Four African-American alumni featured in “Mennonite Life” magazine
The summer issue of the online magazine “Mennonite Life” includes an interview with four black graduates of the Class of 1969: Bill Price, Edina, Minn.; George Rogers and Earl White, both of Newton; and the late Mike Burnett. The article is titled “Friends for Life: Four African-American Men and Bethel College.”
Bethel alumna Ardie Goering ’80, Albuquerque, N.M., conducted the interview and wrote the piece. In it, the four reflect on the elements that brought them to Bethel and helped to make them “friends for life.” Their stories illuminate both the good intentions and the broken promises of integration on a Mennonite college campus.
Annual report highlights giving to Bethel
Each June 30 -- at the close of the fiscal year -- the Bethel advancement team turns its attention to creating the Annual Report, detailing the dollars and donors who contributed to another successful year at the college. Once completed, the Annual Report is mailed to every household that made a charitable gift to Bethel.
The Annual Report helps to keep donors in the know regarding college finances. It includes such items as lists of donors by club level, young alumni donors, percentage of giving by graduating class, and a graph showing the Bethel budget for each of the previous five years.
Donors who receive the Annual Report this year will notice a minor change under the heading of Young Alumni Donors Club. In previous years, “young alumni” were classified as those within 10 years of their graduation date. Beginning this year, to more closely align the definition of young alumnus with Alumni Awards Committee criteria the definition has been changed to those within 20 years of graduation (the Young Alumnus Award goes to an alumnus under age 40). Congratulations to those donors who just became young again! You can look forward to seeing your names listed.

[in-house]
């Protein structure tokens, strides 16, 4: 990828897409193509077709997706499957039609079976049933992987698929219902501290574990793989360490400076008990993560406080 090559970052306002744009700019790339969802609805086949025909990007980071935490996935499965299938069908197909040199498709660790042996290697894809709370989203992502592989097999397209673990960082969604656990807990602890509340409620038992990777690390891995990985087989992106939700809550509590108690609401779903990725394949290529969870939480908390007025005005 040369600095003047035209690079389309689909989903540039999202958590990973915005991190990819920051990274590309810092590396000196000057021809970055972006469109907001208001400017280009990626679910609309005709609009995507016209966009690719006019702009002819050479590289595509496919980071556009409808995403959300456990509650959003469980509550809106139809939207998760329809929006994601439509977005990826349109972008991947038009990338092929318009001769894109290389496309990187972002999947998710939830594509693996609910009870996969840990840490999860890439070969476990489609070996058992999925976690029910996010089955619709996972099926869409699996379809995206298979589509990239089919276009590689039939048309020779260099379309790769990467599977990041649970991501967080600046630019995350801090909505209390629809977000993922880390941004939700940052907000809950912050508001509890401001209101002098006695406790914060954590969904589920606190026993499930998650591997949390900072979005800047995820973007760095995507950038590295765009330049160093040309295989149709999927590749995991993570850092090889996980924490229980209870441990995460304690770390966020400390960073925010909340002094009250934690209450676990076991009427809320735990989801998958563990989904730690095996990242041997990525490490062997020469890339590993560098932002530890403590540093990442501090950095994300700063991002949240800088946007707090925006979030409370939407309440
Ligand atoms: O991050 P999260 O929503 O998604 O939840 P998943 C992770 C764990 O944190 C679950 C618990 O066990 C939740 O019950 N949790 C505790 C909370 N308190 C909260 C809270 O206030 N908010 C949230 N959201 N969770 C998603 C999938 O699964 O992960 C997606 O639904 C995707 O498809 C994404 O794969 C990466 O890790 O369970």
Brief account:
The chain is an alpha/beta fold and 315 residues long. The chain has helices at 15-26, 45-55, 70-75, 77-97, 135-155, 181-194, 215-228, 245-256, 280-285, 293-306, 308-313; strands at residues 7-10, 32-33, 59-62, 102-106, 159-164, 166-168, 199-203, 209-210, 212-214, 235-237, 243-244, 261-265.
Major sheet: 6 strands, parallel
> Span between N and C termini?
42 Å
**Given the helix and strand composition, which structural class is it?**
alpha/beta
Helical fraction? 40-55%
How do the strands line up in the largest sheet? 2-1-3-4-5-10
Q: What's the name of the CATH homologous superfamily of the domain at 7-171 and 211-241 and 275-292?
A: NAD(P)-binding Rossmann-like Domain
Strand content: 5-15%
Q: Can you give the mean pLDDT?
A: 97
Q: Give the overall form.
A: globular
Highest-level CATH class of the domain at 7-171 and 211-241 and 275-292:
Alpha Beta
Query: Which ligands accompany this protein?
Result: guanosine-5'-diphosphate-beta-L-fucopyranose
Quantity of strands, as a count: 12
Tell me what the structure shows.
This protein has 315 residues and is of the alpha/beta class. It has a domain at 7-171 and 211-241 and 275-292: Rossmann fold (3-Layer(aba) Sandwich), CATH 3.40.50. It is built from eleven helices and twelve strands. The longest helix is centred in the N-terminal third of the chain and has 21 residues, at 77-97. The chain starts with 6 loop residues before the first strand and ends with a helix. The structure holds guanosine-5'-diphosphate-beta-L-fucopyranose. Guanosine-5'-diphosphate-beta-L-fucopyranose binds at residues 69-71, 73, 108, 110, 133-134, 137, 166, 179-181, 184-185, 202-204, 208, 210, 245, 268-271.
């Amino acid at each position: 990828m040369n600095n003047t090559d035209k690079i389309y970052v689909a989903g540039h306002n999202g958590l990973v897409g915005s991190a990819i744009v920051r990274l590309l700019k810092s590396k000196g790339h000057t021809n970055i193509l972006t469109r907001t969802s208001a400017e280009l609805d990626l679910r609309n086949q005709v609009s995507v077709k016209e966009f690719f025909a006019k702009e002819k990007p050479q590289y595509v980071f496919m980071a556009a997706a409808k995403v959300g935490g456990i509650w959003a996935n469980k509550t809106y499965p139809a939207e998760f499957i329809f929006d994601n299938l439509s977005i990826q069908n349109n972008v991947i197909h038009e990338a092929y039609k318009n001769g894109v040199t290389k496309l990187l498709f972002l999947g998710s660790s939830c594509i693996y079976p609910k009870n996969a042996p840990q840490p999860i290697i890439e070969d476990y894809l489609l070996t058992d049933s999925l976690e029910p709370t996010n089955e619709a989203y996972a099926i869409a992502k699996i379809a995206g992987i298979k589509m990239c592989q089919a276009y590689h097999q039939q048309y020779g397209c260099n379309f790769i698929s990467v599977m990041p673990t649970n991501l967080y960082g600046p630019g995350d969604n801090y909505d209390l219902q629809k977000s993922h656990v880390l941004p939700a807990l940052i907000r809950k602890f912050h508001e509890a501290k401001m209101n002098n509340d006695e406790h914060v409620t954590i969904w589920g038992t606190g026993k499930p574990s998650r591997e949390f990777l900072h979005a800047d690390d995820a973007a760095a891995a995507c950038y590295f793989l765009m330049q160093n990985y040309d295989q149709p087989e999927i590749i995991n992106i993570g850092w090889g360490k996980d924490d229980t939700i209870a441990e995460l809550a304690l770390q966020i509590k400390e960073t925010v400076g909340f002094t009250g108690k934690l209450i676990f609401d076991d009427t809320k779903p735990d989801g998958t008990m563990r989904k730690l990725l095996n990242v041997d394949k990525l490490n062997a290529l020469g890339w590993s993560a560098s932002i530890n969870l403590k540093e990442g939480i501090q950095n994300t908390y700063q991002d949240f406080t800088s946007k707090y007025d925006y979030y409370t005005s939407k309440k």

Gifts to the college may be made online or mailed to the Development Office, 300 East 27th Street, North Newton, KS 67117.
Old Science Hall auction coming in August
Alumni and friends of Bethel will have an opportunity to purchase a memory from the Old Science Hall on Saturday, Aug. 9. An auction of antique furniture and equipment will begin at 9:34 a.m. Wade Brubacher ’70, North Newton, will be the auctioneer and the Bethel College Women’s Association will serve rolls and coffee and a lunch menu.
Among the more than 100 items to be auctioned are old oak lab stools, oak desks and library tables, an antique hall tree, bookcases and a South Bend 9-inch No. 5 bench lathe (metal lathe) with an original company bulletin dated 1934. All proceeds from the sale will go to the maintenance endowment for the new Academic Center and nursing facility. Come join in on the fun and the memories.
Mark your calendar for Summer and Fall golf
Each year the Golf Committee of the Alumni Council plans golf tournaments to raise money for Bethel through the Alumni Association.
Two tournaments are planned for 2008, a summer tourney at Galloway Creek Golf Course -- formerly Henderson (Neb.) Municipal Golf Course -- on Aug. 9 and a fall event at Hesston (Kan.) Municipal Golf Park on Sept. 13 (this year the fall tournament will be held the second rather than third week of September).
Fliers will soon be mailed to past participants. All golfers are welcome. Gift receipts are sent for the amount above the cost of goods and services received. For more information, contact the alumni office at (316) 284-5251, firstname.lastname@example.org.